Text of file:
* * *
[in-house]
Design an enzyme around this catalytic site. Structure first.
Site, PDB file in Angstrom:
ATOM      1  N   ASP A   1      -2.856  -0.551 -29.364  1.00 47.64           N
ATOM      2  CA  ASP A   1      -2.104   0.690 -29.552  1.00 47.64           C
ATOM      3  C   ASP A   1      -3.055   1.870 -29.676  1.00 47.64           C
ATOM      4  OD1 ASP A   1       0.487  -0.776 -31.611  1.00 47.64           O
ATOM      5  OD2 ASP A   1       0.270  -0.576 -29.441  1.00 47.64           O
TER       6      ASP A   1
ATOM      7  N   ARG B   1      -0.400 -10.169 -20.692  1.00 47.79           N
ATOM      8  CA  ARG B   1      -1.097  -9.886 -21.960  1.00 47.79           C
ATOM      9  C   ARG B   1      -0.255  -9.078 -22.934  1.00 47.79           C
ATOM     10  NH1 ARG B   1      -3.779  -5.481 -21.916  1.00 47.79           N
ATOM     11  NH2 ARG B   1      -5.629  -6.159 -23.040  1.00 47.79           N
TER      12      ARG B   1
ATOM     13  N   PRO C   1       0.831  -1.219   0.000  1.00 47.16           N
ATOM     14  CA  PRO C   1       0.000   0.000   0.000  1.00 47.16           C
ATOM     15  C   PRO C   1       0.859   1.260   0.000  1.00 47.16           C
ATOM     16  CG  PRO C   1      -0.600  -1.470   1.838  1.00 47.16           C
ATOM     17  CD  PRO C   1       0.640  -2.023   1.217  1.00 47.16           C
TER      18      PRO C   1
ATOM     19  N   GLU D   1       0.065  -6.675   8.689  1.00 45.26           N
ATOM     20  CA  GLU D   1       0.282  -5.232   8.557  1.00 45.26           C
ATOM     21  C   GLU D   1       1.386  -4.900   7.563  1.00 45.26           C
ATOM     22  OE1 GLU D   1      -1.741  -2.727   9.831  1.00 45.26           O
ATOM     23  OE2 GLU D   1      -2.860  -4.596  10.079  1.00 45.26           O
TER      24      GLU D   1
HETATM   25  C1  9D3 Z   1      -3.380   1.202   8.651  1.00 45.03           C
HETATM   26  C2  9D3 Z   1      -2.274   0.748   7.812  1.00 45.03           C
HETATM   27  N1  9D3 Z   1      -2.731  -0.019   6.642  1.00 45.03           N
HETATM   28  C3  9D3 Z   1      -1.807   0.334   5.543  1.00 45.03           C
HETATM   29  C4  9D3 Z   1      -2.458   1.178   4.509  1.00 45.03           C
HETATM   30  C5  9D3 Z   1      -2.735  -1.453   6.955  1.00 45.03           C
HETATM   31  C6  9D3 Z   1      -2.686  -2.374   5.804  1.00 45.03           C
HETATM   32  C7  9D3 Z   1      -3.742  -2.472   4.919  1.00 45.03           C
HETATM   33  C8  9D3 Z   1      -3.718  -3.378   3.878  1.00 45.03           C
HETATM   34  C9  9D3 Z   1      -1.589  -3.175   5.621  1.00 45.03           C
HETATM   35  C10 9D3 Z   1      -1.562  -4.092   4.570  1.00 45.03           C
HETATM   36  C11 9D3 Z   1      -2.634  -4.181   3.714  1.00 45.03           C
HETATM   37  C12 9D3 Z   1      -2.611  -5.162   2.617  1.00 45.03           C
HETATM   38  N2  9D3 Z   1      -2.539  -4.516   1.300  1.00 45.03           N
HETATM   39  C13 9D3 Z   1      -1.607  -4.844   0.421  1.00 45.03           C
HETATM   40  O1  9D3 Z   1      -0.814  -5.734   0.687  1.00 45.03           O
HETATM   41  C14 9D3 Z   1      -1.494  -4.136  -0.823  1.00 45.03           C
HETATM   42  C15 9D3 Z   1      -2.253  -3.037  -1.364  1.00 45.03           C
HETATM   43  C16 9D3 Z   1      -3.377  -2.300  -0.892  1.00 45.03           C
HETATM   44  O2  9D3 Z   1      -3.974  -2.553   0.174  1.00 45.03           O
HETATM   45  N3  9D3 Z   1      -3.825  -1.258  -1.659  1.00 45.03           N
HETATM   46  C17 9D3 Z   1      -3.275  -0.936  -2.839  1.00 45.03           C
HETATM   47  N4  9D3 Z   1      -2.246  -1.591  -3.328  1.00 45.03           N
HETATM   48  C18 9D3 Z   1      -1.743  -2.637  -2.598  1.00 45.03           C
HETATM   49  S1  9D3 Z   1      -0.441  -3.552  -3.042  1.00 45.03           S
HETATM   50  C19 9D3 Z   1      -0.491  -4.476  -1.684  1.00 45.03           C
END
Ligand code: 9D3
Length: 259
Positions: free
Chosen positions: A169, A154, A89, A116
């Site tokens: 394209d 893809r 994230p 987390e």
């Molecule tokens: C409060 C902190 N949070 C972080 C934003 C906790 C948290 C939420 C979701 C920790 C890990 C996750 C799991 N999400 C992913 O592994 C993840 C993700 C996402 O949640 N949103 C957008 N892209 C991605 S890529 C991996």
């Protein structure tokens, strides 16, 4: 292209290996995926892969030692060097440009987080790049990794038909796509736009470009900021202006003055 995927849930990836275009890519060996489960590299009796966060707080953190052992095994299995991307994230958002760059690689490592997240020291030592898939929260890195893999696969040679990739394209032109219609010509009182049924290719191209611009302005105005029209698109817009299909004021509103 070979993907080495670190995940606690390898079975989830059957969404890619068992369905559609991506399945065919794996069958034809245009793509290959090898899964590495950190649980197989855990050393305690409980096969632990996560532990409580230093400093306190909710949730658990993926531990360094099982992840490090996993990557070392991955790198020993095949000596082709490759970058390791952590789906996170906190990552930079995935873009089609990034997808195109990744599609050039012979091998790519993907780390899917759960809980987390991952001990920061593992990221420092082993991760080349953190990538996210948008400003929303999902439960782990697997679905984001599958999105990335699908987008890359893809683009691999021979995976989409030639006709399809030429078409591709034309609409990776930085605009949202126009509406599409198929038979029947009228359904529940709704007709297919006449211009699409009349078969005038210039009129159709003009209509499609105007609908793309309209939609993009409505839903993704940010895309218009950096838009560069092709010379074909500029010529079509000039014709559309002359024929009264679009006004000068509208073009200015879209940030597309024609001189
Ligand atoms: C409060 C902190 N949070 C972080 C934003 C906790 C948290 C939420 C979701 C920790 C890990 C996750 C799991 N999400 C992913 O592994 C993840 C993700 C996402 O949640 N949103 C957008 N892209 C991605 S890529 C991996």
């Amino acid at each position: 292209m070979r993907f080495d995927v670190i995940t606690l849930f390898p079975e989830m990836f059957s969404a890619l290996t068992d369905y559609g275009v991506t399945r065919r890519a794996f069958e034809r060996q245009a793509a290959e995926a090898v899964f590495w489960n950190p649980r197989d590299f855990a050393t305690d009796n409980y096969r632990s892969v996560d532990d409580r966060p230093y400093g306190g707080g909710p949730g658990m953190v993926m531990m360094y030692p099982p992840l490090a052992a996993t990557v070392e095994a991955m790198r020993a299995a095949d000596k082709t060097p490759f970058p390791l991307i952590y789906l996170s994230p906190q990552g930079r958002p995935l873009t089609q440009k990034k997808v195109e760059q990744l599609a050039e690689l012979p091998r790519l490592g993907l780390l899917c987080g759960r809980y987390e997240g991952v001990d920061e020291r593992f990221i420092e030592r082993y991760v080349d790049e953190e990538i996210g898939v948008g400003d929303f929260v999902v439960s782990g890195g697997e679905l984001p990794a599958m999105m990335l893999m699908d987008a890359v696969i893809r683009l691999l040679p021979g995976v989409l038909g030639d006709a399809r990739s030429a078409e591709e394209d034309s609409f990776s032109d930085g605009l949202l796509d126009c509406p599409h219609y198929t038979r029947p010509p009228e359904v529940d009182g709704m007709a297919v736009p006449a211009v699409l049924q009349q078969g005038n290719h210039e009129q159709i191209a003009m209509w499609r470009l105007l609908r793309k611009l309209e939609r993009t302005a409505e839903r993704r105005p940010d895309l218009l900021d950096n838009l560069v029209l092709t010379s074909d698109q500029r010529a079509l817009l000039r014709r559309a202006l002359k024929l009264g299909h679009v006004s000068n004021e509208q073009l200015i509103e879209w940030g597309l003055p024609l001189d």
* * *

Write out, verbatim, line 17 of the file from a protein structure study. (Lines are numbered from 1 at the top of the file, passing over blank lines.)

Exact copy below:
ATOM     14  CA  PRO C   1       0.000   0.000   0.000  1.00 47.16           C